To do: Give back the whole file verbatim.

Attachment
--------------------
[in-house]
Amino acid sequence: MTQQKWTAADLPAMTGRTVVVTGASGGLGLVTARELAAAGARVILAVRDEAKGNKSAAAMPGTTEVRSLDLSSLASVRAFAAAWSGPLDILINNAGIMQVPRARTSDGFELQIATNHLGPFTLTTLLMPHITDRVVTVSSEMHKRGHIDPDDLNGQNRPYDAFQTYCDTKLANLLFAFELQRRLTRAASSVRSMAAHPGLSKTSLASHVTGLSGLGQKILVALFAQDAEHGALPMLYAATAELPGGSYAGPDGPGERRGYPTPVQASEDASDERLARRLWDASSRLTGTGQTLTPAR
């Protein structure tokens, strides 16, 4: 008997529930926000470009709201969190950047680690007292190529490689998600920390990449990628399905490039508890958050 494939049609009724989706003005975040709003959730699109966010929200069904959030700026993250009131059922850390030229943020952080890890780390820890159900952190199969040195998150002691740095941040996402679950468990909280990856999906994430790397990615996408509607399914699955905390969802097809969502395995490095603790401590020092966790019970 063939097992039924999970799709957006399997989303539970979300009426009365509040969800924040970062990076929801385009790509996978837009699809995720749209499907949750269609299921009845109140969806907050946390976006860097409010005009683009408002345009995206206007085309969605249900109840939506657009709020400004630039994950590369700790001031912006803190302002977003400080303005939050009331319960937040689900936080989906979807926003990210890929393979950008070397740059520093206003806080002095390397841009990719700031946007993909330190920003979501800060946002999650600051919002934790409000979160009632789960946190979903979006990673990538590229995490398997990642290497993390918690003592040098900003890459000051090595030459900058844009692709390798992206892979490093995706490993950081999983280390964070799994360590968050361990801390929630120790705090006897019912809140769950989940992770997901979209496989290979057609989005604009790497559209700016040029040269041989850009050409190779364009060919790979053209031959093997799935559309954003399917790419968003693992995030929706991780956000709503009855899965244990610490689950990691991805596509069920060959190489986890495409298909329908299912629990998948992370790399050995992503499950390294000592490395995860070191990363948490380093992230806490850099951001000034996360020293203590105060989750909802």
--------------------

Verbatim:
[in-house]
Amino acid sequence: MTQQKWTAADLPAMTGRTVVVTGASGGLGLVTARELAAAGARVILAVRDEAKGNKSAAAMPGTTEVRSLDLSSLASVRAFAAAWSGPLDILINNAGIMQVPRARTSDGFELQIATNHLGPFTLTTLLMPHITDRVVTVSSEMHKRGHIDPDDLNGQNRPYDAFQTYCDTKLANLLFAFELQRRLTRAASSVRSMAAHPGLSKTSLASHVTGLSGLGQKILVALFAQDAEHGALPMLYAATAELPGGSYAGPDGPGERRGYPTPVQASEDASDERLARRLWDASSRLTGTGQTLTPAR
């Protein structure tokens, strides 16, 4: 008997529930926000470009709201969190950047680690007292190529490689998600920390990449990628399905490039508890958050 494939049609009724989706003005975040709003959730699109966010929200069904959030700026993250009131059922850390030229943020952080890890780390820890159900952190199969040195998150002691740095941040996402679950468990909280990856999906994430790397990615996408509607399914699955905390969802097809969502395995490095603790401590020092966790019970 063939097992039924999970799709957006399997989303539970979300009426009365509040969800924040970062990076929801385009790509996978837009699809995720749209499907949750269609299921009845109140969806907050946390976006860097409010005009683009408002345009995206206007085309969605249900109840939506657009709020400004630039994950590369700790001031912006803190302002977003400080303005939050009331319960937040689900936080989906979807926003990210890929393979950008070397740059520093206003806080002095390397841009990719700031946007993909330190920003979501800060946002999650600051919002934790409000979160009632789960946190979903979006990673990538590229995490398997990642290497993390918690003592040098900003890459000051090595030459900058844009692709390798992206892979490093995706490993950081999983280390964070799994360590968050361990801390929630120790705090006897019912809140769950989940992770997901979209496989290979057609989005604009790497559209700016040029040269041989850009050409190779364009060919790979053209031959093997799935559309954003399917790419968003693992995030929706991780956000709503009855899965244990610490689950990691991805596509069920060959190489986890495409298909329908299912629990998948992370790399050995992503499950390294000592490395995860070191990363948490380093992230806490850099951001000034996360020293203590105060989750909802």